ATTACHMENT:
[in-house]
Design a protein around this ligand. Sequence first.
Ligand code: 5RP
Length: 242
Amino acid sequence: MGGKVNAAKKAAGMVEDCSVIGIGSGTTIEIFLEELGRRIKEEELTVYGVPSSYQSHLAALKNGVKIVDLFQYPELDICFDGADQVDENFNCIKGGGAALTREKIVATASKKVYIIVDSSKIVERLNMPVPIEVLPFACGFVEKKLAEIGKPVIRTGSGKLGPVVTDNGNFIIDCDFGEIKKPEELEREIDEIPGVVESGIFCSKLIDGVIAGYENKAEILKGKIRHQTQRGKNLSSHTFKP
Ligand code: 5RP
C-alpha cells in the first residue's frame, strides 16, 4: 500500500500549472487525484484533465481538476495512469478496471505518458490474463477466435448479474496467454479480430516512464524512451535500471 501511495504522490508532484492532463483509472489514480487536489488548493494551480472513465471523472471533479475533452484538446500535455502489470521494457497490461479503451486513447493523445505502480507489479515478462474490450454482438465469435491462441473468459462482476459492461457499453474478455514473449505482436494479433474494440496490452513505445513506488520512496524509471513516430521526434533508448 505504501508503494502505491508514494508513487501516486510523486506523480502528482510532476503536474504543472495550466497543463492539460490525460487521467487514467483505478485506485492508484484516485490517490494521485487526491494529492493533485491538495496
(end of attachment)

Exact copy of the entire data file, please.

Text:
[in-house]
Design a protein around this ligand. Sequence first.
Ligand code: 5RP
Length: 242
Amino acid sequence: MGGKVNAAKKAAGMVEDCSVIGIGSGTTIEIFLEELGRRIKEEELTVYGVPSSYQSHLAALKNGVKIVDLFQYPELDICFDGADQVDENFNCIKGGGAALTREKIVATASKKVYIIVDSSKIVERLNMPVPIEVLPFACGFVEKKLAEIGKPVIRTGSGKLGPVVTDNGNFIIDCDFGEIKKPEELEREIDEIPGVVESGIFCSKLIDGVIAGYENKAEILKGKIRHQTQRGKNLSSHTFKP
Ligand code: 5RP
C-alpha cells in the first residue's frame, strides 16, 4: 500500500500549472487525484484533465481538476495512469478496471505518458490474463477466435448479474496467454479480430516512464524512451535500471 501511495504522490508532484492532463483509472489514480487536489488548493494551480472513465471523472471533479475533452484538446500535455502489470521494457497490461479503451486513447493523445505502480507489479515478462474490450454482438465469435491462441473468459462482476459492461457499453474478455514473449505482436494479433474494440496490452513505445513506488520512496524509471513516430521526434533508448 505504501508503494502505491508514494508513487501516486510523486506523480502528482510532476503536474504543472495550466497543463492539460490525460487521467487514467483505478485506485492508484484516485490517490494521485487526491494529492493533485491538495496